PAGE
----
Tuesday, May 22, 2007

Staples Announces US-Wide Computer Recycling

The United States generates almost 5 million tonnes of e-waste each year. Now the world's largest office products company has launched a US-wide recycling program that should begin to reduce that number.

Staples new nationwide computer recycling program will accept all brands of computers, regardless of where they were purchased. Small items such as keyboards and mice will be accepted at no charge, while larger items will be charged $10 to cover handling, transport, product disassembly and recycling. The move adds to an existing program that already accepts smaller devices like cell phones, pagers and digital cameras free of charge, and Staples is insisting that the recycling will be done both domestically and responsibly.

Staples said its program will ship the devices for domestic recycling by Vestal, N.Y.-based Amandi Services, which Staples calls "one of the country's most experienced and innovative electronics recyclers." Amandi complies with federal standards for electronics recycling and will take steps to ensure personal data stored on old computers aren't compromised, Staples says.

"We're not shipping products overseas, and we have a strict chain of custody to make sure we know where these materials are going," Buckley said.

Some critics are calling for them to drop the $10 charge and perform the service for free, but let's be realistic. Staples is a business not a charity, and the fact that they are offering this program free for most items is good news. Also, seeing as most computers are purchased as replacements for outdated models, it's fair to say that if you can afford to drop $1,000 on a new computer, you can also afford another $10 to ensure that the toxic waste from your old model does not end up in an Asian garbage dump.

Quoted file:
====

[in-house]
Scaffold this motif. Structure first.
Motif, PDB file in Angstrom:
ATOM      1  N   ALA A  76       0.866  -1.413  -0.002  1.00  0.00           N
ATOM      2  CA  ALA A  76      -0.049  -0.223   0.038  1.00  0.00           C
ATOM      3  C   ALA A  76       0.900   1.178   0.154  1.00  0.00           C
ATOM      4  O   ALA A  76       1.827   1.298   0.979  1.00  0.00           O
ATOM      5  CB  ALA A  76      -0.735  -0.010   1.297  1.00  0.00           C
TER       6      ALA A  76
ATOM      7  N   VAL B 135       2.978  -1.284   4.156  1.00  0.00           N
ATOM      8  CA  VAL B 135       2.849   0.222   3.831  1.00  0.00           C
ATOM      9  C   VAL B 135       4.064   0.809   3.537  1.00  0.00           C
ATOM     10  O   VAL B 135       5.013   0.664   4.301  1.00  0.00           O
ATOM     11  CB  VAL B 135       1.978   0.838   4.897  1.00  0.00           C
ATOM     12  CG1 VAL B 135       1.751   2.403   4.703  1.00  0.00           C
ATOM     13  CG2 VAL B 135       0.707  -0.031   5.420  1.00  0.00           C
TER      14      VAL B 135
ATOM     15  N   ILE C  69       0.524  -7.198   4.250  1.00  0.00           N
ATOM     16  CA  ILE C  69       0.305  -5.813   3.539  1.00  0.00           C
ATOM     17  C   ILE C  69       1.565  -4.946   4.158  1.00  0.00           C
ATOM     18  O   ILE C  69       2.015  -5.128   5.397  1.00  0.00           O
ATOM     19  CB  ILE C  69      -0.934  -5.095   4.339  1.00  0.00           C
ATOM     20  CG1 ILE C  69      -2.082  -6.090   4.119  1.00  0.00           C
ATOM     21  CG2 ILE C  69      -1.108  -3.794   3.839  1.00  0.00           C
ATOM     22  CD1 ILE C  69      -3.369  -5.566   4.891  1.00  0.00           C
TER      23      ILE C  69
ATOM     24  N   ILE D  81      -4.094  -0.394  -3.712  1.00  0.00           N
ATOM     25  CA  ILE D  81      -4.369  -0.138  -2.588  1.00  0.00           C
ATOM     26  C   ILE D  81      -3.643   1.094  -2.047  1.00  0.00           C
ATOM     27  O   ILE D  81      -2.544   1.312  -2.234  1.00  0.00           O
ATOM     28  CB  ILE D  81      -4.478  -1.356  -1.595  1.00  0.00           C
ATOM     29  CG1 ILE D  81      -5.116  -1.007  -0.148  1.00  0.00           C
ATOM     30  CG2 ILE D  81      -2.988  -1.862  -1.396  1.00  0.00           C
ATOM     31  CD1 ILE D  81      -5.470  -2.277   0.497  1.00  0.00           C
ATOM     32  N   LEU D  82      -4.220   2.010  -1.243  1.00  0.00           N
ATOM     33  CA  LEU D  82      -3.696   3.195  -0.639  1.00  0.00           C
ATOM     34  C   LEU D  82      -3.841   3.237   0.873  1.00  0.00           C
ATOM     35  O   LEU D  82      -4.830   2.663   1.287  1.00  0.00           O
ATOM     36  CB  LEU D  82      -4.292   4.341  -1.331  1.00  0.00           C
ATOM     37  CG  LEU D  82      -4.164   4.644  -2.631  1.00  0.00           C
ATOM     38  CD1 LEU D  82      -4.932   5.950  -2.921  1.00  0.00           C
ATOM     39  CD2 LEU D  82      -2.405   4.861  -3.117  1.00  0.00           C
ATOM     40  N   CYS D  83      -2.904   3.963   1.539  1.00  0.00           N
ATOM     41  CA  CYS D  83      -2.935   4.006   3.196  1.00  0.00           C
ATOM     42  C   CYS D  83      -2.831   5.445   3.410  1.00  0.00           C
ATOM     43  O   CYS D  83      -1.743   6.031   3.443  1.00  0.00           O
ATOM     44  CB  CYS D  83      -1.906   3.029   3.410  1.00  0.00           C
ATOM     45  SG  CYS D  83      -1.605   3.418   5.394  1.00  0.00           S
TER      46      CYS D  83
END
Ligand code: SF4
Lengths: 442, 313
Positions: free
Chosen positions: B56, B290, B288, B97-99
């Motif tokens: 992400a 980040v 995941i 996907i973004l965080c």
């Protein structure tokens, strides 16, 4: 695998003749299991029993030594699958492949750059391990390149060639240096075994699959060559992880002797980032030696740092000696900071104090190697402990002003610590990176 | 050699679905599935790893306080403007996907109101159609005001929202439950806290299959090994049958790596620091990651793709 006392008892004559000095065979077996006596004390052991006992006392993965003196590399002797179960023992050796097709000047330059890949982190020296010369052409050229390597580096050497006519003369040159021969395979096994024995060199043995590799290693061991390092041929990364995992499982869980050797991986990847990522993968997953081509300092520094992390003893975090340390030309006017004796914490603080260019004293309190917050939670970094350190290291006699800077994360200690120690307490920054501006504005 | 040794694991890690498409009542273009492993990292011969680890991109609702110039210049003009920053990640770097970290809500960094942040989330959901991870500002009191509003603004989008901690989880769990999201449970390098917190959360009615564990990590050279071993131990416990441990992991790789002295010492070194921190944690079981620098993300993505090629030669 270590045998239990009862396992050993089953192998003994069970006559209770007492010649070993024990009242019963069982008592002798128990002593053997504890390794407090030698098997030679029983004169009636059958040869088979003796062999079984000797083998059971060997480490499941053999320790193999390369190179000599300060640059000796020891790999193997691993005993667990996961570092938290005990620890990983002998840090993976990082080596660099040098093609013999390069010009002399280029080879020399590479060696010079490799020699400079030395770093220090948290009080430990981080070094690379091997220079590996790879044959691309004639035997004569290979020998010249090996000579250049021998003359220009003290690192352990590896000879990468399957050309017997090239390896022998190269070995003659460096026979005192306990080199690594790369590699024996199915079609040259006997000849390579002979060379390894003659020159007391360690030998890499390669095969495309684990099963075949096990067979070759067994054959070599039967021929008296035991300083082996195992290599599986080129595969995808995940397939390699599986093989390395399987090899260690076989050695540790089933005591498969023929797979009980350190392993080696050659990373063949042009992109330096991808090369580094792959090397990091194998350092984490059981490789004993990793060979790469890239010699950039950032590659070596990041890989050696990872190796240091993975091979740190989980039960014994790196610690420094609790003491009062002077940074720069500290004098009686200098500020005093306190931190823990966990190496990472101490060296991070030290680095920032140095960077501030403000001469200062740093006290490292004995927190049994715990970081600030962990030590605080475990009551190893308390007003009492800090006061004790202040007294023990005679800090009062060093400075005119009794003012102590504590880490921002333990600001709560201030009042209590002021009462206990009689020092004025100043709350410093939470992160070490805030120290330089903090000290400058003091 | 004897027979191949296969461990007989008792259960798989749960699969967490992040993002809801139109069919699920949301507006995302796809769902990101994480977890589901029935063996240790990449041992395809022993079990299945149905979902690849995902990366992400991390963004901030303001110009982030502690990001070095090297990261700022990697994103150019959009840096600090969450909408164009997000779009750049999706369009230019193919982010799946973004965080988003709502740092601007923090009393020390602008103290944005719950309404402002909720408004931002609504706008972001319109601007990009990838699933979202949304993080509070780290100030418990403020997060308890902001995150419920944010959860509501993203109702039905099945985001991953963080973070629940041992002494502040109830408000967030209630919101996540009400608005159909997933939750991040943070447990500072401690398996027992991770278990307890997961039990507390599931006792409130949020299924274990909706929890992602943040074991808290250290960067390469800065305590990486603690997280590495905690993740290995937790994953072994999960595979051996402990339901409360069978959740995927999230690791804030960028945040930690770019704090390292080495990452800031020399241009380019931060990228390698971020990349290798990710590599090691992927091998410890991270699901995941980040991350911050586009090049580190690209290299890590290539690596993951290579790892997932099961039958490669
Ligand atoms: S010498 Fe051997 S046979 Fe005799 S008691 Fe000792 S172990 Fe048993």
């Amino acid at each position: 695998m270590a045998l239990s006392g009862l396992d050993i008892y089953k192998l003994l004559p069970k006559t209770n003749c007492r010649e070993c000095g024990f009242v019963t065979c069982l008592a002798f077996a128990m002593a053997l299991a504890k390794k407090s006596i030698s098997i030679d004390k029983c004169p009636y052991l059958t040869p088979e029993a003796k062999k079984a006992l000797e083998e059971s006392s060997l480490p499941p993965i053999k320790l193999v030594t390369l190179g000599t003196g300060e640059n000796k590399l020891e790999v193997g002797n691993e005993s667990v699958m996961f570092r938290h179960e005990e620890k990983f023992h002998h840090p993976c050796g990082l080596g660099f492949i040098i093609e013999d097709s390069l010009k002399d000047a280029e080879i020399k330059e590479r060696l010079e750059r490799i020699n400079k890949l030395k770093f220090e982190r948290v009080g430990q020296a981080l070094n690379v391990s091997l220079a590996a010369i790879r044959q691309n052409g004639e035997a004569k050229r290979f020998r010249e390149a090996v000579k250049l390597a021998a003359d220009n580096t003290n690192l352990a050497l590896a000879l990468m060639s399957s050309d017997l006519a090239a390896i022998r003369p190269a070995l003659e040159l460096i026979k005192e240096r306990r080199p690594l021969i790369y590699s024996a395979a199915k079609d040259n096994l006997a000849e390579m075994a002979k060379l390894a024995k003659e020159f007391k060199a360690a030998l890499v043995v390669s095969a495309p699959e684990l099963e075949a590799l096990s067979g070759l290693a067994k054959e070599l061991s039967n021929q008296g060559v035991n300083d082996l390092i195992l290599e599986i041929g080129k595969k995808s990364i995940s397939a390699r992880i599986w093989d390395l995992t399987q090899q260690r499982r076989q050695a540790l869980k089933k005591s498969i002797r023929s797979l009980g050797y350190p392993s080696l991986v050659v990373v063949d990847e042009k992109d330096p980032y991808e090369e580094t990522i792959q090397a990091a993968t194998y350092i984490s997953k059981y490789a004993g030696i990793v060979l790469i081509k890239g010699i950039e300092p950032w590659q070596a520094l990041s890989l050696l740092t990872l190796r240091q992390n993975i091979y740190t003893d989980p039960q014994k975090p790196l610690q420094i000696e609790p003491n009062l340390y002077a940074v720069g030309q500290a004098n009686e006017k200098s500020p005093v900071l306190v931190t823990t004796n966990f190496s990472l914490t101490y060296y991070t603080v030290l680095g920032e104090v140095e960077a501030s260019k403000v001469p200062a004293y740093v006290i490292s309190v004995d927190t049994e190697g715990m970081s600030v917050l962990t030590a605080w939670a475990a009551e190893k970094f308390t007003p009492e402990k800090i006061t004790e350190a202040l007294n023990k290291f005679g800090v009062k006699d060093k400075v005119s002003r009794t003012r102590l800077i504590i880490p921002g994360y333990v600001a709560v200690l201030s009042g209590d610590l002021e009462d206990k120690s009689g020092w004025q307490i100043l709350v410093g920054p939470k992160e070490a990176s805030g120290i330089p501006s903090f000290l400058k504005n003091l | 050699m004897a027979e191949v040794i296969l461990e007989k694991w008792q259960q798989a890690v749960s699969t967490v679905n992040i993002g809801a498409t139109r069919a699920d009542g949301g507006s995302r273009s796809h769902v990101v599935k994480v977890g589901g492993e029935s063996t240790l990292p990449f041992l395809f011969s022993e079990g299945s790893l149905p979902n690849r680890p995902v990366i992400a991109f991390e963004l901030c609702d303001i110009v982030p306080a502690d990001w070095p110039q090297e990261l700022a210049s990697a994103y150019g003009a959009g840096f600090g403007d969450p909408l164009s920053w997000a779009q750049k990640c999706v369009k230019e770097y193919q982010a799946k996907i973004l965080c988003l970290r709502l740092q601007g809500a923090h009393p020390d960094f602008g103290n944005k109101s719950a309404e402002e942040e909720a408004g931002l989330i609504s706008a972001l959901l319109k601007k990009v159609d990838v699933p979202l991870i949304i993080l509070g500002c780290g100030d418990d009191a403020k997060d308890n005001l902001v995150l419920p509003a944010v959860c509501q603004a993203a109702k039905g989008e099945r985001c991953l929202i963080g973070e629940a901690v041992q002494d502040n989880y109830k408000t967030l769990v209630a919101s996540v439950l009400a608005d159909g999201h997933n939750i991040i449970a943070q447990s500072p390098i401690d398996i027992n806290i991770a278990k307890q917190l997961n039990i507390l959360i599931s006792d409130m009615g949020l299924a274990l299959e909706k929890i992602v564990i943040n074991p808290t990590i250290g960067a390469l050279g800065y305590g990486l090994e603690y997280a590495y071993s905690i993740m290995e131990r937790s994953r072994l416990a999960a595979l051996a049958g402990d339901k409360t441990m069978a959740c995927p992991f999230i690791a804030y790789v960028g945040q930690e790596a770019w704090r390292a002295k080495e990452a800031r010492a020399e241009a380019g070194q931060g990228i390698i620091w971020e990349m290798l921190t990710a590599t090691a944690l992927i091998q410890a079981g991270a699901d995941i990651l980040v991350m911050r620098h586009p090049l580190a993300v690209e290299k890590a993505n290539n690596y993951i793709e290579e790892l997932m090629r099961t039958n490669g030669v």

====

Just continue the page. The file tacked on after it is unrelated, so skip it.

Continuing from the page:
Details of the program as follows:

- Customers drop off their old equipment at the customer service desk at any Staples store, 7 days a week during regular store hours; (TV’s and large, floor-model copiers are not accepted).

- Staples will recycle any manufacturers’ products, regardless of whether or not it was purchased from Staples, and there’s no limit on the quantity of equipment that can be recycled.

- A recycling fee of $10 per piece of large equipment is charged to cover handling, transport, product disassembly and recycling. Smaller computer peripherals, such as keyboards and mice, will be recycled for free.

- Staples Easy Techsm service is on site in all stores to transfer data from an old computer to a new one for a fee.


Alex Muller said...

Hey I was wondering what anyone thought of this article: http://thenewsroom.com/details/329988/Business?c_id=adm It's kind of interesting and it makes you think about global warming from an economic standpoint. Do you think anyone in the United States government might be into this type of thing? How does stuff like this affect the energy crisis?

E. R. Dunhill said...

If the consumer would abandon the notion of waste being “thrown away”, the Staples business model for charging for recycling makes absolute sense. The consumer is paying for a service- a better service. I think a large enough percentage of the population still has such an unrealistic concept of the waste stream that Staples has a hard-sell ahead of them.

Interesting article, if a bit brief. I’d be more than happy to discuss it, but I hate to clutter Conscious Earth’s space with outside threads. Do you keep a blog where you post this sort of thing? I only saw the Collegian on your profile.


Odiyya said...

You're right. Staples does have some salesmanship ahead of them on this. But the very fact that they offer to do something at a reasonable cost should make things a wee bit better than they were.

Alex - Interesting question you bring up. My own take is that corrpution does go on in US policy. however, the US has become much better at it. Rather than paying politicians outright bribes the exchanges take more subtle, but equally powerful forms - revolving door employment between gov and the private sector, awarding no bid contracts (haliburton), appointing energy personnel to key policy positions etc.

In that form, many people fail to realize that corruption is even taking place, which makes it a far more insidious and dangerous entity.